My respect for nurses and the nursing profession is very deep and eternal in many ways. I know how difficult the nursing profession is with the practical hands-on activities that have to be undertaken.
Delivered in support of the private member’s motion moved by Ms Digance MP. This motion moved that the South Australian Parliament notes:
(a) recognises International Nurses Day celebrated annually on 12 May 2015;
(b) acknowledges this year's theme, Nurses: A Force for Change: Care Effective, Cost Effective; and
(c) congratulates South Australian nurses for their dedication and professionalism and the pivotal role they play in the advancement of all South Australians' health.
Mr SPEIRS ( Bright ) ( 11:50:15 ): I hope that I get applause when I finish my speech as well because, as members of this house would know, it is very unusual for that sort of behaviour to occur in the gallery. I will only be making a few brief remarks this morning on this item, which I support very deeply. I am not using notes, so members of the gallery will note that it comes straight from the heart.
My wife is a nurse. She recently graduated in nursing from Flinders University, and she has taken up a graduate year placement at Flinders Private Medical Centre, working in the intensive care unit there, which is a phenomenal opportunity for her to learn the skills of critical care, which is a passion of hers. I am continually exposed to the challenge she faces. We often say in our household that I attend events for a living and she keeps people alive.
It is quite a stark difference; we both have important jobs, of course (all members of parliament have important jobs), but it really comes home to me each night when we sit down for a cup of tea and I ask, within the bounds of patient confidentiality of course, what her day involved. I am continually taken aback and continually amazed, and my respect is continually stretched, at the work she and her colleagues do at the Flinders medical precinct at Bedford Park.
My respect for nurses and the nursing profession is very deep and eternal in many ways. I know how difficult the nursing profession is with the practical hands-on activities that have to be undertaken. As the member for Fisher eloquently put it—regarding bowel movements and things like that, vomit, blood and all manner of substances ending up on nurses' clothes and bodies—it is a job which is at the absolute coalface of public service. I believe it is one of the best forms of public service, and we in this house continually should remember the people we are to serve, the members of the public, and the members of the public who actually serve us in positions like police officers, firefighters, doctors, nurses, teachers—people who are at the front line of public service.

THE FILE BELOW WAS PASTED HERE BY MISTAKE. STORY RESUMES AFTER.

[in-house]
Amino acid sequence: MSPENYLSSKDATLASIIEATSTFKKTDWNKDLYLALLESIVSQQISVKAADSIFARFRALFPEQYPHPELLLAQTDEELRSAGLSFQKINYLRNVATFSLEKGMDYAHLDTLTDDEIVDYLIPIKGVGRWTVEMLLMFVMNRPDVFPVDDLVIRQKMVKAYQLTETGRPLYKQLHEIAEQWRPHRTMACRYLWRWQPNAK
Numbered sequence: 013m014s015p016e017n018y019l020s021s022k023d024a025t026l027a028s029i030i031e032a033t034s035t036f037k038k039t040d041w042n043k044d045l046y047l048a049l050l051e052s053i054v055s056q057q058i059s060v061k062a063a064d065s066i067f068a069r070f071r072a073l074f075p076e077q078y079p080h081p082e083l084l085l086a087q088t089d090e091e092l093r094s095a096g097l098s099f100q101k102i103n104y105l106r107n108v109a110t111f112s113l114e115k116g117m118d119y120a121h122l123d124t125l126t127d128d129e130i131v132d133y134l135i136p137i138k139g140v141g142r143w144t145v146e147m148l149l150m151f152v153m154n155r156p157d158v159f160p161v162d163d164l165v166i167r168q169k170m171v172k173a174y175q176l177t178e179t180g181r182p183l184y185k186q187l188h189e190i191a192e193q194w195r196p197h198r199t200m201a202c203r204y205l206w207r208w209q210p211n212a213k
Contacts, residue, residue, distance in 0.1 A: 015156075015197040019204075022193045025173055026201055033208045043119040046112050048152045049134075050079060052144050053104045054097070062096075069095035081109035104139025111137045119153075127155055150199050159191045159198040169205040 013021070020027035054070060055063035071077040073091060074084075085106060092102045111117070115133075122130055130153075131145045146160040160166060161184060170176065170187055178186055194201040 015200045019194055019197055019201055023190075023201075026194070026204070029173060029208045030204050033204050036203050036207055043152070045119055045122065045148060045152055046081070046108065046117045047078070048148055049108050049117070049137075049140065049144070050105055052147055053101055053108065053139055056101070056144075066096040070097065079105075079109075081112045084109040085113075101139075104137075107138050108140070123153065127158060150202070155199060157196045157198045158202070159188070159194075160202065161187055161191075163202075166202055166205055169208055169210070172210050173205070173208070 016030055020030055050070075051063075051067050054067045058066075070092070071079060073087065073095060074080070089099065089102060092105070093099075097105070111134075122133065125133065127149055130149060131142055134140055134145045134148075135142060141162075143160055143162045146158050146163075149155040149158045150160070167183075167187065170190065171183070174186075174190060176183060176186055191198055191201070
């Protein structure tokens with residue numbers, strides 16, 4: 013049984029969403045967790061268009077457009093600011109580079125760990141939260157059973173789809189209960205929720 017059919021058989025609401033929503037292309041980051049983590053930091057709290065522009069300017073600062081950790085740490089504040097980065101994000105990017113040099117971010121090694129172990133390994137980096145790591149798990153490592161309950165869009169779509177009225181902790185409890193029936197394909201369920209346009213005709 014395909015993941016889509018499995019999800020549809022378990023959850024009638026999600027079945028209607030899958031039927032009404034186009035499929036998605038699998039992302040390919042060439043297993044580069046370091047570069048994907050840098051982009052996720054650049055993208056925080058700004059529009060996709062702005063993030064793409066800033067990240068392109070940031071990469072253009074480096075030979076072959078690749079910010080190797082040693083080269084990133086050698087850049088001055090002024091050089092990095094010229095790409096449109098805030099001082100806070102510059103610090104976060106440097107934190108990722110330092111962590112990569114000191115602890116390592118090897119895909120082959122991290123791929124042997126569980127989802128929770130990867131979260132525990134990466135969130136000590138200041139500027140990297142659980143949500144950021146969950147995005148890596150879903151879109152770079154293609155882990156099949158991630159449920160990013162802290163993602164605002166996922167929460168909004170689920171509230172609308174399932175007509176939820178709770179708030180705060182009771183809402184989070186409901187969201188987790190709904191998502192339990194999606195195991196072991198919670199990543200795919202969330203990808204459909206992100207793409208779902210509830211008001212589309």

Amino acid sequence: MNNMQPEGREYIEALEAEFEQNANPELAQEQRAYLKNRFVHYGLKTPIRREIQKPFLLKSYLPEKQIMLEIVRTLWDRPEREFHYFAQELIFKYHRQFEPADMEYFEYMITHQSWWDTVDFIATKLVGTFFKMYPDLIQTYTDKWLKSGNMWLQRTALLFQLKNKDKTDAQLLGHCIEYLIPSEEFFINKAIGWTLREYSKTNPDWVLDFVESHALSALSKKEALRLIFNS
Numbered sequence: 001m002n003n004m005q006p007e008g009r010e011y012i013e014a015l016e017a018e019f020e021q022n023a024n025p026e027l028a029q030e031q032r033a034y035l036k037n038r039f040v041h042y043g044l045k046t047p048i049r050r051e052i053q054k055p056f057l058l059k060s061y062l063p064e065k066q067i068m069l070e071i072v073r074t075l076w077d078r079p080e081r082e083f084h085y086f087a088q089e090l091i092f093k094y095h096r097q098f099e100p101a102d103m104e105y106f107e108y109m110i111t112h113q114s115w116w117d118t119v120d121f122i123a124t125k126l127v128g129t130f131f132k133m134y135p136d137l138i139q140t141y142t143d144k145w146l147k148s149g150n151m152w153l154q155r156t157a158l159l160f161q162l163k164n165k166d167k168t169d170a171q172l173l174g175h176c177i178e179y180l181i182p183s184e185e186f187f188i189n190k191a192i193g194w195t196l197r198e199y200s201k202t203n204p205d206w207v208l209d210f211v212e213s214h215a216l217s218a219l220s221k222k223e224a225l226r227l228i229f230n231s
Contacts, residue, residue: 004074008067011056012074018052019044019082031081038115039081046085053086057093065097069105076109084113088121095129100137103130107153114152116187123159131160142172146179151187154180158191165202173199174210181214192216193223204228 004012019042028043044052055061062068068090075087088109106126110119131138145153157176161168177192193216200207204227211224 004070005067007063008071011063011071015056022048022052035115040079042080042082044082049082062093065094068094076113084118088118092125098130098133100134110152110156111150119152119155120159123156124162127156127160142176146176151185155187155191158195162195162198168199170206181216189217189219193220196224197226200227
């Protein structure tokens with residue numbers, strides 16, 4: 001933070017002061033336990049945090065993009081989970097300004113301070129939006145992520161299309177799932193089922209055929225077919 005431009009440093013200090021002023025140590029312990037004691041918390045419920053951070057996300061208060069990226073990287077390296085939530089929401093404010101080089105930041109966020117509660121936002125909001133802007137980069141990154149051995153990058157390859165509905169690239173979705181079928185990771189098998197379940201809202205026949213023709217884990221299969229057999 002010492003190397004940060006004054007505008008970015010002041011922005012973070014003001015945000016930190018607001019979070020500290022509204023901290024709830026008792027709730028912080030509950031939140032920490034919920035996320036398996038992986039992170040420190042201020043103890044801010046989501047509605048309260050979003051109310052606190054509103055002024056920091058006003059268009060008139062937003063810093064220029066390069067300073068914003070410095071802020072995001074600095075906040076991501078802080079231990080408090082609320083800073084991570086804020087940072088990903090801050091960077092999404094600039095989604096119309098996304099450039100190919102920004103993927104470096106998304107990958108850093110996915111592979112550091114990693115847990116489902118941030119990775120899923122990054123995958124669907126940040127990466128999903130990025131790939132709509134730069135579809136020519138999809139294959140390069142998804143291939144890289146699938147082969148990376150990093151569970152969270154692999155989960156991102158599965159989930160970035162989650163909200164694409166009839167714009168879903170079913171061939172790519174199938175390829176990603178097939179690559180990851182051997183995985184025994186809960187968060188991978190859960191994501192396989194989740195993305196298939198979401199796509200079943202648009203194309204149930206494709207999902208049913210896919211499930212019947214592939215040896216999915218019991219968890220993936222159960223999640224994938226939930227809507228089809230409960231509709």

Here we work in public service as well, but we do not often get our hands dirty, for better or worse. I pay tribute to my wife, Hannah, for her involvement in the nursing profession as something she has wanted to do since she was a five or six year old, following in the footsteps of her hero, her Auntie Cheryl, who has now passed away. I respect hugely people involved in the nursing profession. I thank the members for Elder and Fisher for their contributions.
It is very important that, when it comes to professions and people who work in public service, we try to be bipartisan in our approach to maintaining their working conditions and to maintaining the quality of the workplaces. It disappoints me when political jibes and comments drift into debate about front-line public service. We should steer away from that and look to protect and enhance the industry whenever we can. Thank you for your service, and I wish you all the best in your ongoing careers and also in the marking of the 2015 International Nurses Day.
Extracted from Hansard